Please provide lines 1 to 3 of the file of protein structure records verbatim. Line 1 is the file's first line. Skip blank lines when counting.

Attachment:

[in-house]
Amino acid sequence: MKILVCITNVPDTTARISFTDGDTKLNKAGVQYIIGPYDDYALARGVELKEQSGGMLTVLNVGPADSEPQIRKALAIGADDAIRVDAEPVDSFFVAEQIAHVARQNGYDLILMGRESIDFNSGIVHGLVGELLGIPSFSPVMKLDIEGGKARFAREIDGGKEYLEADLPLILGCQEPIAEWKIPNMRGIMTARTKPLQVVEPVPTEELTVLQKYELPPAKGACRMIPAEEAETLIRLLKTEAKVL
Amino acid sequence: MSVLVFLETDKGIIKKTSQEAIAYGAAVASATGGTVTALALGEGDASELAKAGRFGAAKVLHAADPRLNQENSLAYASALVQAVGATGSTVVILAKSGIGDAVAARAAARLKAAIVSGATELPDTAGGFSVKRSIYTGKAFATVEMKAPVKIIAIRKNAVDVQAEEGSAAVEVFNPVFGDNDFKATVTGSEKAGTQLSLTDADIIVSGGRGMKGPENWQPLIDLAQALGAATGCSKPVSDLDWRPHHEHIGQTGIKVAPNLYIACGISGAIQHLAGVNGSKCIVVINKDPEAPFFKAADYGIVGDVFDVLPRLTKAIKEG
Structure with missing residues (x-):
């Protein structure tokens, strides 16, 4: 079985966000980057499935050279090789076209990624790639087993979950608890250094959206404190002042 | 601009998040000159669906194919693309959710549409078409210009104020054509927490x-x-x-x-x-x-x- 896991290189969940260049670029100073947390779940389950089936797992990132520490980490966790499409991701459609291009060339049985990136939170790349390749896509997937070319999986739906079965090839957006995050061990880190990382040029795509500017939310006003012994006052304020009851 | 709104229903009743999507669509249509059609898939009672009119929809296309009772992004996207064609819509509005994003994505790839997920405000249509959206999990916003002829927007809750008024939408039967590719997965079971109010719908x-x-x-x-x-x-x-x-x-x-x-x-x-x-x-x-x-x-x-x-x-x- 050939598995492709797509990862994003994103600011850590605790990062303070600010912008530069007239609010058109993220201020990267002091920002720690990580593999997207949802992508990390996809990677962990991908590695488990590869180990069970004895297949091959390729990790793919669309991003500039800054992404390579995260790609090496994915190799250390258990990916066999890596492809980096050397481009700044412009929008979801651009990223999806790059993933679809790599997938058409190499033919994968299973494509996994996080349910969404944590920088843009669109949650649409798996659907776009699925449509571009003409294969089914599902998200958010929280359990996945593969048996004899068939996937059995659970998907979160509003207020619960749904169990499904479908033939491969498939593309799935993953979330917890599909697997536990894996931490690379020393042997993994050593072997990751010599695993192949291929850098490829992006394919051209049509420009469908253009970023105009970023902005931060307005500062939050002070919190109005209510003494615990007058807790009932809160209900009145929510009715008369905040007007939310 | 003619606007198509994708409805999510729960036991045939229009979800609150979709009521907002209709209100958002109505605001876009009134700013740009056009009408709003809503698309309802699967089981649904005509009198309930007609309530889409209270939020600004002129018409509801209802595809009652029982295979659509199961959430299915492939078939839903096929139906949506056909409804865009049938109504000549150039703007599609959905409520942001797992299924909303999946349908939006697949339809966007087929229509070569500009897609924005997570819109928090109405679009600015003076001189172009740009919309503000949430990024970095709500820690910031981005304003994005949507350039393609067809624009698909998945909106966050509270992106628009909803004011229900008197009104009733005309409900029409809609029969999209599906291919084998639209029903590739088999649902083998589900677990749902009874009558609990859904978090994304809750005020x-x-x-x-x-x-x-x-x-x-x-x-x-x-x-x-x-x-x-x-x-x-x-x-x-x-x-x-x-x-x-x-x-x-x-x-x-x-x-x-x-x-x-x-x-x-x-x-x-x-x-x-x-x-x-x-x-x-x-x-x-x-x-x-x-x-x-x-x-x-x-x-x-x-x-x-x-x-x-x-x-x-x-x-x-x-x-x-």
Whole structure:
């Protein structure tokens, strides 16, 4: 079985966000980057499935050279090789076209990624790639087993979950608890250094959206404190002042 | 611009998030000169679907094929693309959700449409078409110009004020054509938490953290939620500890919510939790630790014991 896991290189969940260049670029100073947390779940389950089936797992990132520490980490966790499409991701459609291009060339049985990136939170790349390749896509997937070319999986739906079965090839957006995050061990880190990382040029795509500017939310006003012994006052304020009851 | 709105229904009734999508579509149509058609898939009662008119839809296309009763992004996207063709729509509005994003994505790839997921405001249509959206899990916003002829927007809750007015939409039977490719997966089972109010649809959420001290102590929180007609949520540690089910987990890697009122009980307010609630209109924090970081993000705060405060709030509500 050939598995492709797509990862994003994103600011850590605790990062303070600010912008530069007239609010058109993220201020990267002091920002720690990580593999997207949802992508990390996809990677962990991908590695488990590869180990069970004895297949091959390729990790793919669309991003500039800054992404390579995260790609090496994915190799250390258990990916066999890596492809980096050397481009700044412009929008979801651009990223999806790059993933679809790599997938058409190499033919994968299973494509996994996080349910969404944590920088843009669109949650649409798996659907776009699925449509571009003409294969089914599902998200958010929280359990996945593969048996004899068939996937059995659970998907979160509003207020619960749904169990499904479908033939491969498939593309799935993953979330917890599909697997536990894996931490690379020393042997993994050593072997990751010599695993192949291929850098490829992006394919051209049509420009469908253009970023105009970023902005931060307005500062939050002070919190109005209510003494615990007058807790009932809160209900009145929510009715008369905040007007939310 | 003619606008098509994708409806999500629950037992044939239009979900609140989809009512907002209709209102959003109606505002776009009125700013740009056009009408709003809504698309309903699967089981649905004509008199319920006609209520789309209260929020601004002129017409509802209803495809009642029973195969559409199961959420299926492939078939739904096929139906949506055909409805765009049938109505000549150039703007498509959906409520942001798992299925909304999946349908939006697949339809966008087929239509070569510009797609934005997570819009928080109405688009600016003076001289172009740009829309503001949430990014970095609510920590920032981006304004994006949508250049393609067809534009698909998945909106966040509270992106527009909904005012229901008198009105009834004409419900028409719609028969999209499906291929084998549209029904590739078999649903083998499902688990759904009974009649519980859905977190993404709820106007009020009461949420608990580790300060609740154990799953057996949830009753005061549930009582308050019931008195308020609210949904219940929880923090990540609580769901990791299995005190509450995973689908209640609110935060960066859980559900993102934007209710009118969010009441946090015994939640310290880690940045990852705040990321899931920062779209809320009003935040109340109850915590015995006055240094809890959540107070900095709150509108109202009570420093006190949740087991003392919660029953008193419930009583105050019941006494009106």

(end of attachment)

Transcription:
[in-house]
Amino acid sequence: MKILVCITNVPDTTARISFTDGDTKLNKAGVQYIIGPYDDYALARGVELKEQSGGMLTVLNVGPADSEPQIRKALAIGADDAIRVDAEPVDSFFVAEQIAHVARQNGYDLILMGRESIDFNSGIVHGLVGELLGIPSFSPVMKLDIEGGKARFAREIDGGKEYLEADLPLILGCQEPIAEWKIPNMRGIMTARTKPLQVVEPVPTEELTVLQKYELPPAKGACRMIPAEEAETLIRLLKTEAKVL
Amino acid sequence: MSVLVFLETDKGIIKKTSQEAIAYGAAVASATGGTVTALALGEGDASELAKAGRFGAAKVLHAADPRLNQENSLAYASALVQAVGATGSTVVILAKSGIGDAVAARAAARLKAAIVSGATELPDTAGGFSVKRSIYTGKAFATVEMKAPVKIIAIRKNAVDVQAEEGSAAVEVFNPVFGDNDFKATVTGSEKAGTQLSLTDADIIVSGGRGMKGPENWQPLIDLAQALGAATGCSKPVSDLDWRPHHEHIGQTGIKVAPNLYIACGISGAIQHLAGVNGSKCIVVINKDPEAPFFKAADYGIVGDVFDVLPRLTKAIKEG